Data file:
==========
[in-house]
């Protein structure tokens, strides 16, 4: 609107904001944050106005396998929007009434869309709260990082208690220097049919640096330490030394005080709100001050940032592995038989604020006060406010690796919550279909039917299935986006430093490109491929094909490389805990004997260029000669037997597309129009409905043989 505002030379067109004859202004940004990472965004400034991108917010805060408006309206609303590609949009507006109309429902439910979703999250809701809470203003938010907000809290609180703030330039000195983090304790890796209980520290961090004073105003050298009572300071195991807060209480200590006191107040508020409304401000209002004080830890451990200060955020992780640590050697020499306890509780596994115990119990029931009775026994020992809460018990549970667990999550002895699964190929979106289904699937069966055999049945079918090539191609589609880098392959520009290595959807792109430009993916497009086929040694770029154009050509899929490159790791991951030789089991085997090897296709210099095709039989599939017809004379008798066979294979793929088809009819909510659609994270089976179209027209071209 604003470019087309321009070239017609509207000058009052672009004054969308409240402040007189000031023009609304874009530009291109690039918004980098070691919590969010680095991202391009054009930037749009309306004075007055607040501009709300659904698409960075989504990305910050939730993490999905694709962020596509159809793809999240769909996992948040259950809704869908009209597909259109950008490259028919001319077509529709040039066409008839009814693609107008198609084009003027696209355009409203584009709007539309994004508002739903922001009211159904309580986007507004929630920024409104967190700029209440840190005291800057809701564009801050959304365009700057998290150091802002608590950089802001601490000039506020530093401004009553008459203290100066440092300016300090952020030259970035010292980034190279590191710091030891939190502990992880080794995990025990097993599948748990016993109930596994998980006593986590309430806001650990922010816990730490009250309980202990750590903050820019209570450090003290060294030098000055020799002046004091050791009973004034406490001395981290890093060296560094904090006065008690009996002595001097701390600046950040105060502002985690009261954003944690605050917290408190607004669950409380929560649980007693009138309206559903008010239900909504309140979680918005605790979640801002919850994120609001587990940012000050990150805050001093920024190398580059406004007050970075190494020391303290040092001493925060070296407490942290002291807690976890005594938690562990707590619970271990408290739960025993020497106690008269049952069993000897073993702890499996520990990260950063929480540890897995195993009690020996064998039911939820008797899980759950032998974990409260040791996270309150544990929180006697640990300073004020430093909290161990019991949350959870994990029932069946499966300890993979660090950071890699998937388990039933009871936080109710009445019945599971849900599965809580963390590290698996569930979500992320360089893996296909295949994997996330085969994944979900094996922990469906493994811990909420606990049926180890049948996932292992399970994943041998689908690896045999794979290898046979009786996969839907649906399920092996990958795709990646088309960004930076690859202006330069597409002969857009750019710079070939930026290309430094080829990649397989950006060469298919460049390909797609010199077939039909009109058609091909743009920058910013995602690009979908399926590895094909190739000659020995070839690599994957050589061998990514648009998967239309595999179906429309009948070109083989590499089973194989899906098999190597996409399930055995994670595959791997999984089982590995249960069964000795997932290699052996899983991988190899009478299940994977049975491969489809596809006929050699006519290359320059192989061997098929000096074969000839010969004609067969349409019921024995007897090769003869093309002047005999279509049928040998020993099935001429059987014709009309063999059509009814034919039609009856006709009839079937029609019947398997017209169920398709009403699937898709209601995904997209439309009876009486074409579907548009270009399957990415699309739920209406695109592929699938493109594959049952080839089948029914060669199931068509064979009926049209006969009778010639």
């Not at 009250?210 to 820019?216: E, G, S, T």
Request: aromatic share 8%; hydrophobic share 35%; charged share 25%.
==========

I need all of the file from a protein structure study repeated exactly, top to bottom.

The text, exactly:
[in-house]
């Protein structure tokens, strides 16, 4: 609107904001944050106005396998929007009434869309709260990082208690220097049919640096330490030394005080709100001050940032592995038989604020006060406010690796919550279909039917299935986006430093490109491929094909490389805990004997260029000669037997597309129009409905043989 505002030379067109004859202004940004990472965004400034991108917010805060408006309206609303590609949009507006109309429902439910979703999250809701809470203003938010907000809290609180703030330039000195983090304790890796209980520290961090004073105003050298009572300071195991807060209480200590006191107040508020409304401000209002004080830890451990200060955020992780640590050697020499306890509780596994115990119990029931009775026994020992809460018990549970667990999550002895699964190929979106289904699937069966055999049945079918090539191609589609880098392959520009290595959807792109430009993916497009086929040694770029154009050509899929490159790791991951030789089991085997090897296709210099095709039989599939017809004379008798066979294979793929088809009819909510659609994270089976179209027209071209 604003470019087309321009070239017609509207000058009052672009004054969308409240402040007189000031023009609304874009530009291109690039918004980098070691919590969010680095991202391009054009930037749009309306004075007055607040501009709300659904698409960075989504990305910050939730993490999905694709962020596509159809793809999240769909996992948040259950809704869908009209597909259109950008490259028919001319077509529709040039066409008839009814693609107008198609084009003027696209355009409203584009709007539309994004508002739903922001009211159904309580986007507004929630920024409104967190700029209440840190005291800057809701564009801050959304365009700057998290150091802002608590950089802001601490000039506020530093401004009553008459203290100066440092300016300090952020030259970035010292980034190279590191710091030891939190502990992880080794995990025990097993599948748990016993109930596994998980006593986590309430806001650990922010816990730490009250309980202990750590903050820019209570450090003290060294030098000055020799002046004091050791009973004034406490001395981290890093060296560094904090006065008690009996002595001097701390600046950040105060502002985690009261954003944690605050917290408190607004669950409380929560649980007693009138309206559903008010239900909504309140979680918005605790979640801002919850994120609001587990940012000050990150805050001093920024190398580059406004007050970075190494020391303290040092001493925060070296407490942290002291807690976890005594938690562990707590619970271990408290739960025993020497106690008269049952069993000897073993702890499996520990990260950063929480540890897995195993009690020996064998039911939820008797899980759950032998974990409260040791996270309150544990929180006697640990300073004020430093909290161990019991949350959870994990029932069946499966300890993979660090950071890699998937388990039933009871936080109710009445019945599971849900599965809580963390590290698996569930979500992320360089893996296909295949994997996330085969994944979900094996922990469906493994811990909420606990049926180890049948996932292992399970994943041998689908690896045999794979290898046979009786996969839907649906399920092996990958795709990646088309960004930076690859202006330069597409002969857009750019710079070939930026290309430094080829990649397989950006060469298919460049390909797609010199077939039909009109058609091909743009920058910013995602690009979908399926590895094909190739000659020995070839690599994957050589061998990514648009998967239309595999179906429309009948070109083989590499089973194989899906098999190597996409399930055995994670595959791997999984089982590995249960069964000795997932290699052996899983991988190899009478299940994977049975491969489809596809006929050699006519290359320059192989061997098929000096074969000839010969004609067969349409019921024995007897090769003869093309002047005999279509049928040998020993099935001429059987014709009309063999059509009814034919039609009856006709009839079937029609019947398997017209169920398709009403699937898709209601995904997209439309009876009486074409579907548009270009399957990415699309739920209406695109592929699938493109594959049952080839089948029914060669199931068509064979009926049209006969009778010639």
């Not at 009250?210 to 820019?216: E, G, S, T």
Request: aromatic share 8%; hydrophobic share 35%; charged share 25%.